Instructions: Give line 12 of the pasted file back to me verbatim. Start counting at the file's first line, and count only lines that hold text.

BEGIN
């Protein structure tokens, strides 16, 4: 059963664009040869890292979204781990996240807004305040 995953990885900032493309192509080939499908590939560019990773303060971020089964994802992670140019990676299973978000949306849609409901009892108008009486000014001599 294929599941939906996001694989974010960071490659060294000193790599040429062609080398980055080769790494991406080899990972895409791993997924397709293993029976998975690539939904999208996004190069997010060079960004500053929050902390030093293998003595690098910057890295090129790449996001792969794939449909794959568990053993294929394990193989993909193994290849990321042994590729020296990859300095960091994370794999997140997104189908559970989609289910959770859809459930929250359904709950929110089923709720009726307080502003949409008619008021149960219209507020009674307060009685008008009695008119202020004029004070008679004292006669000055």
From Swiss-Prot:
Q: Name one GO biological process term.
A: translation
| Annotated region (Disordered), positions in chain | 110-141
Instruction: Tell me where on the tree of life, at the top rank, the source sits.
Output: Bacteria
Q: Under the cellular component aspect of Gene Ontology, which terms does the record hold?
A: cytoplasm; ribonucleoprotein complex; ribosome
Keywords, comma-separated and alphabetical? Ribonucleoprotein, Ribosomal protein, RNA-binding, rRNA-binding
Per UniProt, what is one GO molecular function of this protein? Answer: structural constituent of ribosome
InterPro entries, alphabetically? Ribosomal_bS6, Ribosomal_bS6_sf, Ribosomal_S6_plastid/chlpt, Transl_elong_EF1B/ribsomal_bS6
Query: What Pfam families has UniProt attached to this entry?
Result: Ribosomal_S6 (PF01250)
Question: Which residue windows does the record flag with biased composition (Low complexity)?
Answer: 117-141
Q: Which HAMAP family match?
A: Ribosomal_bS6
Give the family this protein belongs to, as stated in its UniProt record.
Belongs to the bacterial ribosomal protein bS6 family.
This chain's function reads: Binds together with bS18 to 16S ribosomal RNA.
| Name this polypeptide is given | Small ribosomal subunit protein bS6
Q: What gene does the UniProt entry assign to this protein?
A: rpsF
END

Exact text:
InterPro entries, alphabetically? Ribosomal_bS6, Ribosomal_bS6_sf, Ribosomal_S6_plastid/chlpt, Transl_elong_EF1B/ribsomal_bS6